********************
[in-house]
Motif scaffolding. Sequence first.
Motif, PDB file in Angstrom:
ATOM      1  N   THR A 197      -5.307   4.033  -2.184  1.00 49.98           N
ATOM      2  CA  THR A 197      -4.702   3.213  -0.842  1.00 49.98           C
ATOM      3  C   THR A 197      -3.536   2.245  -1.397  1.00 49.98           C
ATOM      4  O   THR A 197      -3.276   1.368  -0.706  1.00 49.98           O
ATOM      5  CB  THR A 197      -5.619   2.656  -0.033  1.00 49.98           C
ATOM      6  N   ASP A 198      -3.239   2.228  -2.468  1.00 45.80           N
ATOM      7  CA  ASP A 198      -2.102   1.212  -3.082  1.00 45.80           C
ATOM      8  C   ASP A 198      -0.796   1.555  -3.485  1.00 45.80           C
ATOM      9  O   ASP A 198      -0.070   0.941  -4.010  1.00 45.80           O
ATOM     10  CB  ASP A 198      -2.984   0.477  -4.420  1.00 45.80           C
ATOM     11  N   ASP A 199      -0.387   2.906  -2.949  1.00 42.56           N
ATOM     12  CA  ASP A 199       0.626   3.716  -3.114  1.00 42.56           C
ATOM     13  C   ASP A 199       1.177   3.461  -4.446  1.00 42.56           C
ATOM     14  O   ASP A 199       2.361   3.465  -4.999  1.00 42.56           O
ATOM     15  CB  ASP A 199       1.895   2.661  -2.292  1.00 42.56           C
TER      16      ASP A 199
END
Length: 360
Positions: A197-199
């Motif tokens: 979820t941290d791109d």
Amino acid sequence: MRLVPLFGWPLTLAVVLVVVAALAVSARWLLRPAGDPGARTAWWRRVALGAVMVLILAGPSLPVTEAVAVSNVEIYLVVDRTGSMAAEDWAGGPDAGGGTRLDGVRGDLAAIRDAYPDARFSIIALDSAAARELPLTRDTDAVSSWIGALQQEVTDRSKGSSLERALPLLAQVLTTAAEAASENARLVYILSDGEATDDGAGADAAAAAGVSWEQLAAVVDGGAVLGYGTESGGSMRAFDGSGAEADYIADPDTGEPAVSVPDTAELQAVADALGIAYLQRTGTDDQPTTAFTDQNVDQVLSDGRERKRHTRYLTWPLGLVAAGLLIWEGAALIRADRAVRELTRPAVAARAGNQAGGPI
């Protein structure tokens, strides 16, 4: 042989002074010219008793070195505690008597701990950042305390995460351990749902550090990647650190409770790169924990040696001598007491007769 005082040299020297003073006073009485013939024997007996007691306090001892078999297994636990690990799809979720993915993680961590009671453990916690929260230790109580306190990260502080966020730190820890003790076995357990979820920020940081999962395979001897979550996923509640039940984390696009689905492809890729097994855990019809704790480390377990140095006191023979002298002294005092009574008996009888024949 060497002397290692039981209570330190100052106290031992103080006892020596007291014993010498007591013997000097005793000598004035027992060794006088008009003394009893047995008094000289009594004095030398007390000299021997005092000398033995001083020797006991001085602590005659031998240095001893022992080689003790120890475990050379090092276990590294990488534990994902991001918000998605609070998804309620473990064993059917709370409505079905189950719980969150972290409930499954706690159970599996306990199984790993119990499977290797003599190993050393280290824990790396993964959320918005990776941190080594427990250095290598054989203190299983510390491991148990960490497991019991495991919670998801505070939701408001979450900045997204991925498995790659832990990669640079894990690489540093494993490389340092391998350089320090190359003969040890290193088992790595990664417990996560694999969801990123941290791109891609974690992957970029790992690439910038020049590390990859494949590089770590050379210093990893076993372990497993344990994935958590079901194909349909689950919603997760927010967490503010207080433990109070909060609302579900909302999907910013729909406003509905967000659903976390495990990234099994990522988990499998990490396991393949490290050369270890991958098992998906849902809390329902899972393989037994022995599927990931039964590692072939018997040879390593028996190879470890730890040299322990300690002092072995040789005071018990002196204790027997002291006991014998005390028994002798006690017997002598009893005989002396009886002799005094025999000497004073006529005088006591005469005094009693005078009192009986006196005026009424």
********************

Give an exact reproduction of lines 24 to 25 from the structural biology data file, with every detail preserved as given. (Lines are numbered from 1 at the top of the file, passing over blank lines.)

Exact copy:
Amino acid sequence: MRLVPLFGWPLTLAVVLVVVAALAVSARWLLRPAGDPGARTAWWRRVALGAVMVLILAGPSLPVTEAVAVSNVEIYLVVDRTGSMAAEDWAGGPDAGGGTRLDGVRGDLAAIRDAYPDARFSIIALDSAAARELPLTRDTDAVSSWIGALQQEVTDRSKGSSLERALPLLAQVLTTAAEAASENARLVYILSDGEATDDGAGADAAAAAGVSWEQLAAVVDGGAVLGYGTESGGSMRAFDGSGAEADYIADPDTGEPAVSVPDTAELQAVADALGIAYLQRTGTDDQPTTAFTDQNVDQVLSDGRERKRHTRYLTWPLGLVAAGLLIWEGAALIRADRAVRELTRPAVAARAGNQAGGPI
């Protein structure tokens, strides 16, 4: 042989002074010219008793070195505690008597701990950042305390995460351990749902550090990647650190409770790169924990040696001598007491007769 005082040299020297003073006073009485013939024997007996007691306090001892078999297994636990690990799809979720993915993680961590009671453990916690929260230790109580306190990260502080966020730190820890003790076995357990979820920020940081999962395979001897979550996923509640039940984390696009689905492809890729097994855990019809704790480390377990140095006191023979002298002294005092009574008996009888024949 060497002397290692039981209570330190100052106290031992103080006892020596007291014993010498007591013997000097005793000598004035027992060794006088008009003394009893047995008094000289009594004095030398007390000299021997005092000398033995001083020797006991001085602590005659031998240095001893022992080689003790120890475990050379090092276990590294990488534990994902991001918000998605609070998804309620473990064993059917709370409505079905189950719980969150972290409930499954706690159970599996306990199984790993119990499977290797003599190993050393280290824990790396993964959320918005990776941190080594427990250095290598054989203190299983510390491991148990960490497991019991495991919670998801505070939701408001979450900045997204991925498995790659832990990669640079894990690489540093494993490389340092391998350089320090190359003969040890290193088992790595990664417990996560694999969801990123941290791109891609974690992957970029790992690439910038020049590390990859494949590089770590050379210093990893076993372990497993344990994935958590079901194909349909689950919603997760927010967490503010207080433990109070909060609302579900909302999907910013729909406003509905967000659903976390495990990234099994990522988990499998990490396991393949490290050369270890991958098992998906849902809390329902899972393989037994022995599927990931039964590692072939018997040879390593028996190879470890730890040299322990300690002092072995040789005071018990002196204790027997002291006991014998005390028994002798006690017997002598009893005989002396009886002799005094025999000497004073006529005088006591005469005094009693005078009192009986006196005026009424």